NEW YORK (AP)—MetLife Inc. said on Wednesday that its second-quarter earnings more than doubled, topping Wall Street’s expectations, as the insurer recorded a $1.4 billion one-time gain from derivatives tied to interest rates that recently fell.
The New York-based company reported net income of $2.26 billion, or $2.12 per share, for the three months ended June 30. That was up from earnings of $1.07 billion, or $1 per share, in the same quarter a year ago.
Excluding one-time items, the company posted operating income of nearly $1.43 billion, or $1.33 per share. Analysts had been expecting $1.24 per share, on average, according to FactSet.
Revenue rose slightly, to about $16.79 billion from $16.65 billion.
MetLife posted a net loss in the first quarter while reporting a $1.3 billion derivatives loss due to contracts linked to interest rates and credit spreads. But rates fell in the latest quarter, contributing to a $1.4 billion derivatives gain after taxes. The company uses derivatives to hedge changes in interest rates and fluctuations in foreign currencies.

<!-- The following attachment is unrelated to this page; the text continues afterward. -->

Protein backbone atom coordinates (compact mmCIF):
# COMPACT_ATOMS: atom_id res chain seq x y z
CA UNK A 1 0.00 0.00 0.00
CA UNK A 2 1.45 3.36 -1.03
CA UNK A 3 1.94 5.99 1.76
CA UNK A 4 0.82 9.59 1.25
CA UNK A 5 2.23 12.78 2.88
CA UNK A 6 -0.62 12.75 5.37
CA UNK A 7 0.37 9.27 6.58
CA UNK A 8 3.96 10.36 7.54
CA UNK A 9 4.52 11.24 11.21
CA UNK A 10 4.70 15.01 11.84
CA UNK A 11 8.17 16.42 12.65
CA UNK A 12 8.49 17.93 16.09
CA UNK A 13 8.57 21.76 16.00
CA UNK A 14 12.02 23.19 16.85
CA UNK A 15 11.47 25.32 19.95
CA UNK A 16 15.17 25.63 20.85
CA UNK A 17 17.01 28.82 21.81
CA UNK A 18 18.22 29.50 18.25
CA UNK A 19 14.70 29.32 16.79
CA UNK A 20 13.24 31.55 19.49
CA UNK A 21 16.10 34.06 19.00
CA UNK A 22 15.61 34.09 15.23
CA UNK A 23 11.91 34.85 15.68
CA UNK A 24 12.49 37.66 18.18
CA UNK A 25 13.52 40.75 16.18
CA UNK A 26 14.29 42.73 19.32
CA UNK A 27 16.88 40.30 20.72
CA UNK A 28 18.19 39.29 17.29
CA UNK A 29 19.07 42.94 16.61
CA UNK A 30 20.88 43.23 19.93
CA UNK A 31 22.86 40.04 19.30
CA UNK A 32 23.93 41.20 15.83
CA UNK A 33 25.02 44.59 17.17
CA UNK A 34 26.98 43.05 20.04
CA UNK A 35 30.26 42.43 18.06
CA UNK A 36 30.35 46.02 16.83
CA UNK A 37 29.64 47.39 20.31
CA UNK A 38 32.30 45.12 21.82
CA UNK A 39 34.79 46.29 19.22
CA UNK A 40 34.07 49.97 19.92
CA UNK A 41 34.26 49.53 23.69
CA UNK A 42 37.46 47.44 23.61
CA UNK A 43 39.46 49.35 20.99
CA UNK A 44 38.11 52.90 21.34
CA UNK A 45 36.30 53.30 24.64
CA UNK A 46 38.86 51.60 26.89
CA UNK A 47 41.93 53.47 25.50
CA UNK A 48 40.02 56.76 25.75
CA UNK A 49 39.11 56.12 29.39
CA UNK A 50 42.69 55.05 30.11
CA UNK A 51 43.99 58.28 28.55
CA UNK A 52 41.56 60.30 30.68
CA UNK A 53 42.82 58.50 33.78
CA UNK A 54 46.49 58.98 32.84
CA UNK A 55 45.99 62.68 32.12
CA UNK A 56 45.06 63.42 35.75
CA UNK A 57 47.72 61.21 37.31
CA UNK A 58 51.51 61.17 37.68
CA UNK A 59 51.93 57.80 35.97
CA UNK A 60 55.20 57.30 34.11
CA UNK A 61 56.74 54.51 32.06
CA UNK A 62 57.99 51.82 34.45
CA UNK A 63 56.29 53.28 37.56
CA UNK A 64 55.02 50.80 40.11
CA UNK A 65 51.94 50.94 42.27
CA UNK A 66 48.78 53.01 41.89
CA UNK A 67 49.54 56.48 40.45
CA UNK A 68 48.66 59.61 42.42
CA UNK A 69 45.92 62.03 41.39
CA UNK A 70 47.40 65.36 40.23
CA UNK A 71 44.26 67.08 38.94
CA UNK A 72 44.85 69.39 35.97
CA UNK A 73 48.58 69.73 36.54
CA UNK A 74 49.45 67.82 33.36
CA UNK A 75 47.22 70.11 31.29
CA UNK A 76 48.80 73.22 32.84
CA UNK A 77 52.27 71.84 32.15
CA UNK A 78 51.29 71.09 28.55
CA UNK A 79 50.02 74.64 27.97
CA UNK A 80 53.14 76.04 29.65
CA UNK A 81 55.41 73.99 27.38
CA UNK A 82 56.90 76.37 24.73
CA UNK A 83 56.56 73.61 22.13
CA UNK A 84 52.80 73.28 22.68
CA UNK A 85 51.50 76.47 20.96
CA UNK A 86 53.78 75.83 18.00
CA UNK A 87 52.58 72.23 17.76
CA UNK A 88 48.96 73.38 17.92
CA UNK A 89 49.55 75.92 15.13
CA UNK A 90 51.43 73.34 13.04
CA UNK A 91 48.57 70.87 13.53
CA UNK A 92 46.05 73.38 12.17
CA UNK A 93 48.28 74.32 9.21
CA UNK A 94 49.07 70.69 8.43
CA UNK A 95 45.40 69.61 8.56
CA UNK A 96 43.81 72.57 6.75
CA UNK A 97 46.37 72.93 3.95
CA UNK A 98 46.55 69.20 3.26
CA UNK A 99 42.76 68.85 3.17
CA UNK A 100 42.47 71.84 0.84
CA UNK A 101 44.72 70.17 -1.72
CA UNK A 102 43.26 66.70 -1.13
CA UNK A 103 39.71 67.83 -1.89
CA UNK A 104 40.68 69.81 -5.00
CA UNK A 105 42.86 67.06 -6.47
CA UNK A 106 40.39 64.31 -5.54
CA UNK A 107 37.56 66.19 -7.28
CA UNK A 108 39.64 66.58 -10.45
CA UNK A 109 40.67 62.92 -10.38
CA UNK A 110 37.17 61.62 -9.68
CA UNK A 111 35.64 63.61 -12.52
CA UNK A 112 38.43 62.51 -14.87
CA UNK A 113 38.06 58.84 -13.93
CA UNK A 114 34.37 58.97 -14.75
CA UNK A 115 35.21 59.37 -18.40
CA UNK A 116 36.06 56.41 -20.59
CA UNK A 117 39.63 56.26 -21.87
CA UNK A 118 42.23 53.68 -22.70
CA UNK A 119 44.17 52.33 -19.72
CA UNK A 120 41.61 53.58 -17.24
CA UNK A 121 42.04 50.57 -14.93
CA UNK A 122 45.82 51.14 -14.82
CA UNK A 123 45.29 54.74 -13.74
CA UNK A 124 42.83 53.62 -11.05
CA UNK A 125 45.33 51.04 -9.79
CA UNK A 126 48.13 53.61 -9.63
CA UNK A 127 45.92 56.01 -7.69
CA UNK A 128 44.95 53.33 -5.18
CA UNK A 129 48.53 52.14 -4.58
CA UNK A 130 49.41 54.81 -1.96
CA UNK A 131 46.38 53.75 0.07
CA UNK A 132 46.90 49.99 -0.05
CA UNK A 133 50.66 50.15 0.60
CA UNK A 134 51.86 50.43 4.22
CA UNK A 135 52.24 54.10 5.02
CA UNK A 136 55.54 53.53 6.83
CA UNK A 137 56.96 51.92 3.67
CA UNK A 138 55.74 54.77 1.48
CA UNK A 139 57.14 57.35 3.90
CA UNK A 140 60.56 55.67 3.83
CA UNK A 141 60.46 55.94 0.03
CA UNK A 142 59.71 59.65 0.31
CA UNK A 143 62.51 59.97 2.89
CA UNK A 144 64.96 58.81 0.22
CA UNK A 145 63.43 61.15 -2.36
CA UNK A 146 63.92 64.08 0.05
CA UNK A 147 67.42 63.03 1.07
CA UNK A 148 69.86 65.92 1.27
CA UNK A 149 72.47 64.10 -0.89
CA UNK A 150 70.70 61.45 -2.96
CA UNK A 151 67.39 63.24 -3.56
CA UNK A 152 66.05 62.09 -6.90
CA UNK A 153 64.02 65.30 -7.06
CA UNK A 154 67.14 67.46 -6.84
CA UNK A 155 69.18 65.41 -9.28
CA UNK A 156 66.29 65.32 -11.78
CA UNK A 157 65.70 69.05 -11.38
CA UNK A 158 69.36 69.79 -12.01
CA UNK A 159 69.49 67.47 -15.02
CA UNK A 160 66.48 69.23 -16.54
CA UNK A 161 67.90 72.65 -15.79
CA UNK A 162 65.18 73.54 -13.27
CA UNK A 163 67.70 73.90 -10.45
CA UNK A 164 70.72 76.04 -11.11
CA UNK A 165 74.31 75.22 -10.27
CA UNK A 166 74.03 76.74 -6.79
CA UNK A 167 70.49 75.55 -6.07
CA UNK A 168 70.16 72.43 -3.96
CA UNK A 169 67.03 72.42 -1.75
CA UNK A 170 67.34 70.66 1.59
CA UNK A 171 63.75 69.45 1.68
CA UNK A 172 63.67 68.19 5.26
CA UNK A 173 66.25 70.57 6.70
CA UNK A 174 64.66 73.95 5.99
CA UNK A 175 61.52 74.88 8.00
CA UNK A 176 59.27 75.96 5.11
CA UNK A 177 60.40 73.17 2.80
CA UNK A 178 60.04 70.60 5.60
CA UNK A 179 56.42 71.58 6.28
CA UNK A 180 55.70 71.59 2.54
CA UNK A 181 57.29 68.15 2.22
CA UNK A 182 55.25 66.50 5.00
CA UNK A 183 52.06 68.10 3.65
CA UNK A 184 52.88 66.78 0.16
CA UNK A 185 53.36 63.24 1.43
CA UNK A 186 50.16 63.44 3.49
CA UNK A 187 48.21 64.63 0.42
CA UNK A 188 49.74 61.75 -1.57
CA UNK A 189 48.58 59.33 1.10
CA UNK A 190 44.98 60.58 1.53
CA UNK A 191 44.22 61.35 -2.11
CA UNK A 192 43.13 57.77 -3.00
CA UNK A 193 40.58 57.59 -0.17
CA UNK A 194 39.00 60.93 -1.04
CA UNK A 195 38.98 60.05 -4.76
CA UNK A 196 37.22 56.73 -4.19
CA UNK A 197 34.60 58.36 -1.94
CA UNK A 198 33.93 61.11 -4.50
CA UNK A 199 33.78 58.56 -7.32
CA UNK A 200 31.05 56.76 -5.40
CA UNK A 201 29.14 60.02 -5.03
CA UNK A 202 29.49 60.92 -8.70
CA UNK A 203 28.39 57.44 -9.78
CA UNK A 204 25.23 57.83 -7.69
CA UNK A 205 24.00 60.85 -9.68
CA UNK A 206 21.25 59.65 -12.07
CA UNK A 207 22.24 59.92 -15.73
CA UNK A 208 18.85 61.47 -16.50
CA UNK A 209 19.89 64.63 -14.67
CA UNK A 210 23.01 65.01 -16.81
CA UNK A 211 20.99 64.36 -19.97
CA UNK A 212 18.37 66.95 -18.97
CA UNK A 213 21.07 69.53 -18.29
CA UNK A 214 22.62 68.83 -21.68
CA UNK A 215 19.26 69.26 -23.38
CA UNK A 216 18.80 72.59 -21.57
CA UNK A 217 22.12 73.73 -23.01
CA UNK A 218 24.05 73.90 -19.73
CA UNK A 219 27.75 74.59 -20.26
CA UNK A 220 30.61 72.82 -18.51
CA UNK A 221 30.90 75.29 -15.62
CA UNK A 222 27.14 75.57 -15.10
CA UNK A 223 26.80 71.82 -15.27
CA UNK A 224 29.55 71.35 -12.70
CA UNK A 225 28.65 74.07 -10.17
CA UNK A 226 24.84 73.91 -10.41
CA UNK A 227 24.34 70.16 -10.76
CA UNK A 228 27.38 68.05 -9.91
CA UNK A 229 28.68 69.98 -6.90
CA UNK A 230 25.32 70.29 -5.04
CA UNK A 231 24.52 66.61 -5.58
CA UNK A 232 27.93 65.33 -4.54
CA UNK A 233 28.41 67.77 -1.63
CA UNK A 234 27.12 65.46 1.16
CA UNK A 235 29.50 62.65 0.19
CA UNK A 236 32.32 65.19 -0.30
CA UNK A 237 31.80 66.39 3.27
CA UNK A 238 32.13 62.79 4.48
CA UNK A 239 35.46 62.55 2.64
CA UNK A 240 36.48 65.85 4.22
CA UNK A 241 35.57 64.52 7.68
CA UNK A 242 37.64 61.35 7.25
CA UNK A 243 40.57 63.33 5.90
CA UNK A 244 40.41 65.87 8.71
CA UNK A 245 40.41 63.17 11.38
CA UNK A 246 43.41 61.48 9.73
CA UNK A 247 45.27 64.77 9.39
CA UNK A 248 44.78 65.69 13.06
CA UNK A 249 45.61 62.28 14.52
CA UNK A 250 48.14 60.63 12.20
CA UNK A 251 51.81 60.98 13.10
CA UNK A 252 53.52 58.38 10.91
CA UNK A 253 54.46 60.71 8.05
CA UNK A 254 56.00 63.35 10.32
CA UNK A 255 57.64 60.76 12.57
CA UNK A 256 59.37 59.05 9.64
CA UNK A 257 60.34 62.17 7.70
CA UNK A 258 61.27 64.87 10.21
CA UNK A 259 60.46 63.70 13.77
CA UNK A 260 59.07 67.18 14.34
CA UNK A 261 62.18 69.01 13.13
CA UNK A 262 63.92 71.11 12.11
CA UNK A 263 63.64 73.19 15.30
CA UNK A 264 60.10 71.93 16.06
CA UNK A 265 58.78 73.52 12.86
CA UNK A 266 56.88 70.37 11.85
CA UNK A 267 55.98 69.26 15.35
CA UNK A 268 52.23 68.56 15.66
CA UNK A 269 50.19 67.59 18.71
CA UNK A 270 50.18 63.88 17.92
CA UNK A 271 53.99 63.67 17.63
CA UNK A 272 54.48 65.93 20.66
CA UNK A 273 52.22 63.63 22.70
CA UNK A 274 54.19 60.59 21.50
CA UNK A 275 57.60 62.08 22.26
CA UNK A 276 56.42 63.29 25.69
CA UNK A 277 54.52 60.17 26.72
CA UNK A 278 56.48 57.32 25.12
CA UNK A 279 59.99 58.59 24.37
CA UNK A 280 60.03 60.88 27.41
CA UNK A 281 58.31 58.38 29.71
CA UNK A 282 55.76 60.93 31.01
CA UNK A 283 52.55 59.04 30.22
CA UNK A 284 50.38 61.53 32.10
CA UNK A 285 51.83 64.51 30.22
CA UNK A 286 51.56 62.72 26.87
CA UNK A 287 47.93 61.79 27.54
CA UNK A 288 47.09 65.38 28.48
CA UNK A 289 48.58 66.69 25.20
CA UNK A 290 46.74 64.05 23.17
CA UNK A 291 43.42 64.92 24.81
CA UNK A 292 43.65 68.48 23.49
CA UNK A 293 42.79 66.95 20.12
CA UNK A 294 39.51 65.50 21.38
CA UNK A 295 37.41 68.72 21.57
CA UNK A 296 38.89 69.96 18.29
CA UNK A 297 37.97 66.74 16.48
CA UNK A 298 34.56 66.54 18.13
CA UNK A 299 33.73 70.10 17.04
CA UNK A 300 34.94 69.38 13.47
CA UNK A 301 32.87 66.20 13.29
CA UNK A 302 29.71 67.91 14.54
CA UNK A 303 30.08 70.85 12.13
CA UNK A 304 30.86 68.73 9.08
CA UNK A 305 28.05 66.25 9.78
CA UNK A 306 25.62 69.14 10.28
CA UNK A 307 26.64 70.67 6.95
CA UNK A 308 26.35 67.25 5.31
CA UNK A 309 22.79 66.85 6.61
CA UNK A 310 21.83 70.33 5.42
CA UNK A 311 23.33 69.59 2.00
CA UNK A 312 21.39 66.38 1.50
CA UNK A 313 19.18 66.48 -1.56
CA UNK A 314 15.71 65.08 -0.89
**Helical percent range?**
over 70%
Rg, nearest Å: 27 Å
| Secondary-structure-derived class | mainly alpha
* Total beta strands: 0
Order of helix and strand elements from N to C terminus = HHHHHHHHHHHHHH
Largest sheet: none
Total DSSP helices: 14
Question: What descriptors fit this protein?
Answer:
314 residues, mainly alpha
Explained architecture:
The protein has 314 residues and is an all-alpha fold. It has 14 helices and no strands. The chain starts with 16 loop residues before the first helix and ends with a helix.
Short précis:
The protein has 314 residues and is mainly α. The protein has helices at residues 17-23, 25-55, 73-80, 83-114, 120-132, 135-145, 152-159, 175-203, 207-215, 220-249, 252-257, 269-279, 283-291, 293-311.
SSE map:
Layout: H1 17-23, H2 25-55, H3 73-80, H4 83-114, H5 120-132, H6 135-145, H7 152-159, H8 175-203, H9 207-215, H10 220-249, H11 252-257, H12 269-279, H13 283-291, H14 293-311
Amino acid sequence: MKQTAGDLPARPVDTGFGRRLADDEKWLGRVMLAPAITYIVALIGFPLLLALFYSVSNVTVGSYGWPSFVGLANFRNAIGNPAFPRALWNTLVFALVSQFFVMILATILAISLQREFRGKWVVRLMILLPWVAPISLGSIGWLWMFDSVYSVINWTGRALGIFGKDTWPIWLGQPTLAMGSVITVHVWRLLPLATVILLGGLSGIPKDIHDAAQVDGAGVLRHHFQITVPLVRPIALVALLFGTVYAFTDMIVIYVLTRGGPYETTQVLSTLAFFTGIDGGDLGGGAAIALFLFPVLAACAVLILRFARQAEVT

MetLife reported that revenue from premiums slipped about 1 percent compared with last year’s second quarter, to $9.14 billion. Fee revenue from universal life and investment-type products rose about 5 percent to nearly $2 billion.
Net investment income of nearly $5.19 billion was up about 4 percent from the second quarter of 2011.
Operating earnings in MetLife’s Americas region increased 11 percent to $1.1 billion. In Asia, earnings jumped 61 percent to $275 million, primarily due to business growth in Japan and strong investment income. Asian earnings in the year-ago period were reduced because of the effects of the March 2011 tsunami and earthquake in Japan.
In MetLife’s Europe-Middle East-Africa region, operating earnings rose 28 percent to $82 million due to a one-time gain and business growth, particularly in Turkey, Russia and the Persian Gulf countries.
MetLife shares fell 13 cents to $30.30 in after-hours trading. Before the earnings report was released, they fell 34 cents, to close the regular session at $30.43.